Ortiz not pressing over season's first month

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Ortiz not pressing over season's first month

By SeanMcAdam
CSNNE.com

FORT MYERS, Fla. -- Surrounded by new superstar teammates and playing for a team with enormous expectations, David Ortiz foresees a happy ending for the 2011 Red Sox.

What's less certain is how the season begins, especially for him.

Ortiz hit just .143 in April last year and was frequently miffed that manager Terry Francona chose to sit him at times in the first month, often against tough left-handed pitchers.

"It was a very difficult month,'' acknowledged Francona. "But we fought our way through and we came out feeling better, which I think was important.''

In one memorable exchange, Ortiz reacted with anger when he was asked about his "slow start'' exactly two games into the season. He uncharacteristically snapped at reporters and withdrew.

Ortiz believes the best way to get off to a better start is to stop obsessing about it, as he did too often the last two years.

"I think all I need to do is not think about it,'' he said. "Going into the season, sometimes you hear everybody talking about your start and you put more pressure than normal on the beginning of the season.

"A good start guarantees you a good end and I understand why people worried about me the way the season started because everybody is kind of used to seeing you do your thing. But I'm not planning to put pressure on myself at the start. I plan on playing more in the preseason than I normally do.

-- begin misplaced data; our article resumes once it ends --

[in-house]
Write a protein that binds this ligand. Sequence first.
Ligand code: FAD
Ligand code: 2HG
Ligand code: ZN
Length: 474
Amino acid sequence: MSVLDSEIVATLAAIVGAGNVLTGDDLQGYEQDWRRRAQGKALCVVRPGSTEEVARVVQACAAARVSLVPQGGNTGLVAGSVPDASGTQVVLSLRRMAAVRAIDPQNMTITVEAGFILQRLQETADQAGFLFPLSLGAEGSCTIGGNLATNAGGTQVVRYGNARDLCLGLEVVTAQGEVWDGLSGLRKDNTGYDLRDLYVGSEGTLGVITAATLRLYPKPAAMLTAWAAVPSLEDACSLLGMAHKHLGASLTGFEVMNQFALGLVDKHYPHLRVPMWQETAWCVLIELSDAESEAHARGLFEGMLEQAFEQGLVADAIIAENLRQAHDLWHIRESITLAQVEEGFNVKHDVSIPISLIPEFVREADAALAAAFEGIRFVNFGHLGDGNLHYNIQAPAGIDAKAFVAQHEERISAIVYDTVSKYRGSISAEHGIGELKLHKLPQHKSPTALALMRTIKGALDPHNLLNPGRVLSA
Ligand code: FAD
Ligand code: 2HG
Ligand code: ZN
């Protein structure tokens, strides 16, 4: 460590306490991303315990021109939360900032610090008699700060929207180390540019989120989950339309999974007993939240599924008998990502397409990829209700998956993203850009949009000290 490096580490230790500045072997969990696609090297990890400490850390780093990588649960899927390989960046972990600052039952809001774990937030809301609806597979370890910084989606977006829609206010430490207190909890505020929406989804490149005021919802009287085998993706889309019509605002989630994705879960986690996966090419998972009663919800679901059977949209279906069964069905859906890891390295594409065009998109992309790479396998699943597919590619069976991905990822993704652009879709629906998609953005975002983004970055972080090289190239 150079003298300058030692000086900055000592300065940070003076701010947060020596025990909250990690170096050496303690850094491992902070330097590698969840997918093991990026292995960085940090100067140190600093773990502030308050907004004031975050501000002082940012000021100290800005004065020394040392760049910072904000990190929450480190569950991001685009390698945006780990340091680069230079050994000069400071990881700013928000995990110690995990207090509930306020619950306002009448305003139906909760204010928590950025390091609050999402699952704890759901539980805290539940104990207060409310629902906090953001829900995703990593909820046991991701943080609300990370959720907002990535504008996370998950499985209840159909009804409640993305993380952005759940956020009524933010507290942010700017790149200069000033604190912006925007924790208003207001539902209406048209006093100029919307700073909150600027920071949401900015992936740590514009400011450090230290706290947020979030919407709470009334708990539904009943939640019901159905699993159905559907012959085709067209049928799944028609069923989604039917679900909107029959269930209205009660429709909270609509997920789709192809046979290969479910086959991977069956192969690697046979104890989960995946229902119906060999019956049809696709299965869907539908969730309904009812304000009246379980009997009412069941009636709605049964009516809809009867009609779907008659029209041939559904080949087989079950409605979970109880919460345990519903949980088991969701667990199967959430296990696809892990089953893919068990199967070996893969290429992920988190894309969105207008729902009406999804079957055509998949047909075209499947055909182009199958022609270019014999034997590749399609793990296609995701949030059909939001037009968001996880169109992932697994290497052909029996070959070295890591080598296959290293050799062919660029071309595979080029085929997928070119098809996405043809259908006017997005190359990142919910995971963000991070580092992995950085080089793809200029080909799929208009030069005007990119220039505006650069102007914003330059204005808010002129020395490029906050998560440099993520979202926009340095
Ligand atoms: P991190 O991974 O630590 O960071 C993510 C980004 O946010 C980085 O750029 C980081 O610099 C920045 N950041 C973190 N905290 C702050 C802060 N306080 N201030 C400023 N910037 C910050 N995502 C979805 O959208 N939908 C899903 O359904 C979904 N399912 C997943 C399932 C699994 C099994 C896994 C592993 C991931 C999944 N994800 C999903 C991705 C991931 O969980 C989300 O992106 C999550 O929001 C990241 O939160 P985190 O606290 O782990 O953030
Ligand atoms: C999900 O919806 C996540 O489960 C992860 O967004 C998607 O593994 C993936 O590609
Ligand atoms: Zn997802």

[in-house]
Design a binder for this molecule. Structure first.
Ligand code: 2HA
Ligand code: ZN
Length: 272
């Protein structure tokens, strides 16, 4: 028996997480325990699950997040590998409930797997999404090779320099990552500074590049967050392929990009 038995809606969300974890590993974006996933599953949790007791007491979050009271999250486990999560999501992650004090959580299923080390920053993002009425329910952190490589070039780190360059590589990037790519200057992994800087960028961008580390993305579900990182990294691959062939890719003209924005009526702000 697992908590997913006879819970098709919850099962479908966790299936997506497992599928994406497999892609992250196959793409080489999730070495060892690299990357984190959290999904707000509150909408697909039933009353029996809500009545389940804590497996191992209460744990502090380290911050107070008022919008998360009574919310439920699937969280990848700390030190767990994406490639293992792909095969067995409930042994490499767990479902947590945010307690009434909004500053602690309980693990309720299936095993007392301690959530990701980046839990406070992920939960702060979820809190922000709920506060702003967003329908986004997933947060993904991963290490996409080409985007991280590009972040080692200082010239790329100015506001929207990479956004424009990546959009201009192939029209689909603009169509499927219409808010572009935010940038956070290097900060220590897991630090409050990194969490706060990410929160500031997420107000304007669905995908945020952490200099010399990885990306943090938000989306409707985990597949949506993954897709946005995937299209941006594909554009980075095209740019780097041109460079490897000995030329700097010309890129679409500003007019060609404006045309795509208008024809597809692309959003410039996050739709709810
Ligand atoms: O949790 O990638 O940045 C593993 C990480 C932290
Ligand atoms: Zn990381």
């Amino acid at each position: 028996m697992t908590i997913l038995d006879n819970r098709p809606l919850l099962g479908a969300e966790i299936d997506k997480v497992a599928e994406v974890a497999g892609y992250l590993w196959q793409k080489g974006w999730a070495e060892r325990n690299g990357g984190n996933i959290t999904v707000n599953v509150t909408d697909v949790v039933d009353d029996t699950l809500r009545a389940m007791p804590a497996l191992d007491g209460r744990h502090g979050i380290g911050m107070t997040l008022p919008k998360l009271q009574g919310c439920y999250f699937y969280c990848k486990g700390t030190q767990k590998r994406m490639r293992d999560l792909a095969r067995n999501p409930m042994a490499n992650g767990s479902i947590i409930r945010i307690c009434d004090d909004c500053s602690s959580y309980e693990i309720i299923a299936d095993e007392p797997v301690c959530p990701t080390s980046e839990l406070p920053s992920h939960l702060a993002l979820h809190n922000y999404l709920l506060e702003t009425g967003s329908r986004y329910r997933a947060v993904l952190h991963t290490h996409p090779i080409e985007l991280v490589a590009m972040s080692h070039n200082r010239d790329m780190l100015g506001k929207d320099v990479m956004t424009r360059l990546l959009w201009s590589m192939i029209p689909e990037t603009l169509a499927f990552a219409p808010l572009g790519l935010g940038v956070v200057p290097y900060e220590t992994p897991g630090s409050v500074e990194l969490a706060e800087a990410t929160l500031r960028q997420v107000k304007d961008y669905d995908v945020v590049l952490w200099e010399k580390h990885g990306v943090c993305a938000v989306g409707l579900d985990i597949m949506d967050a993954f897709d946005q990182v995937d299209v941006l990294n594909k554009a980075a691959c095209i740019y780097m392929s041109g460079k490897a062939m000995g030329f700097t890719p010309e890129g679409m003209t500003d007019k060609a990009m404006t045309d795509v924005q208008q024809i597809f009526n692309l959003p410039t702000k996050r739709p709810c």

"My emphasis is not focusing on what people have to say about the beginning of the season. My focus is getting prepared and going to play the game, the way it's supposed to be.''

The last two seasons, Ortiz found himself pressing when he stumbled early. Determined to break out of his April slumps, he began beating himself up, trying to shake his hitting woes.

Not now.

"I'm not going to let that get into my head like last year,'' said Ortiz. "I know that just like I can go 0-for-20, I can go 15-for-20 just as quickly. It's just a game. I think last year what happened was, I snapped, when the second game, people were having their doubts.''

If Ortiz struggles -- particuarly against lefties -- Francona may have more options in 2011. Last year, a hobbled Mike Lowell was his best choice to play when Ortiz nosedived. This year, Francona can choose from among Mike Cameron and Jed Lowrie as DH fill-ins.

It may also help that Ortiz will be part of a deeper lineup, featuring newcomers Adrian Gonzalez and Carl Crawford. That should ensure more baserunners and, in turn, better protection in the lineup for Ortiz himself.

"I think right now we have more thunder than we've had the past few years,'' said Ortiz. "It will be crazy for the opposing pitchers to focus on a lineup like that. You have a lot of good hitters, one behind another. I don't think I'm going to be the guy people are going to have worry about now.''

Still unclear is Ortiz's future after 2011. He publicly campaigned for the Red Sox to give him a multiyear extension after he topped the 30-homer, 100-RBI plateaus, but in the end, had to be satisfied with the team exercising a one-year, 12.5 million option.

"That's something I can't really control,'' said Ortiz of the team's contractual offer. "I want to stick around, but that's what they had on the table for me at the time. We just move on. I'm just going to focus on playing baseball right now and whatever happens later on, happens. I haven't thought about what might happen if he is off to a good start and deserving of a longer commitment yet. I'm glad to be here and I'm excited what's coming up.''